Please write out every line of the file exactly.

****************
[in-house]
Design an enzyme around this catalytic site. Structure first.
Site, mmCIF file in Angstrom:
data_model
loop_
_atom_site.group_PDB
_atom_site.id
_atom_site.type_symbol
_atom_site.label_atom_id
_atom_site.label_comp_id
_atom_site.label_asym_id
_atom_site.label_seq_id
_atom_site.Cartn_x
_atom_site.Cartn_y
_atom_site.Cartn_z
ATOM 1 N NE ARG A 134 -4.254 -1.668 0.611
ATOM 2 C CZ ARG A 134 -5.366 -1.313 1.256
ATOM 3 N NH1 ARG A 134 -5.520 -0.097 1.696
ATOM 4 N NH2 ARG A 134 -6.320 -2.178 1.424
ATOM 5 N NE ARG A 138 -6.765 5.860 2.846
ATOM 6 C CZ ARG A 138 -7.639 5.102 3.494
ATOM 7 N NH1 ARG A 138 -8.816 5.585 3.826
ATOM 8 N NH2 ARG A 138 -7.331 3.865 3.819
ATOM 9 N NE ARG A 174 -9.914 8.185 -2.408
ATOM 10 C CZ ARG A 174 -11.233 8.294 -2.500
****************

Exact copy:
[in-house]
Design an enzyme around this catalytic site. Structure first.
Site, mmCIF file in Angstrom:
data_model
loop_
_atom_site.group_PDB
_atom_site.id
_atom_site.type_symbol
_atom_site.label_atom_id
_atom_site.label_comp_id
_atom_site.label_asym_id
_atom_site.label_seq_id
_atom_site.Cartn_x
_atom_site.Cartn_y
_atom_site.Cartn_z
ATOM 1 N NE ARG A 134 -4.254 -1.668 0.611
ATOM 2 C CZ ARG A 134 -5.366 -1.313 1.256
ATOM 3 N NH1 ARG A 134 -5.520 -0.097 1.696
ATOM 4 N NH2 ARG A 134 -6.320 -2.178 1.424
ATOM 5 N NE ARG A 138 -6.765 5.860 2.846
ATOM 6 C CZ ARG A 138 -7.639 5.102 3.494
ATOM 7 N NH1 ARG A 138 -8.816 5.585 3.826
ATOM 8 N NH2 ARG A 138 -7.331 3.865 3.819
ATOM 9 N NE ARG A 174 -9.914 8.185 -2.408
ATOM 10 C CZ ARG A 174 -11.233 8.294 -2.500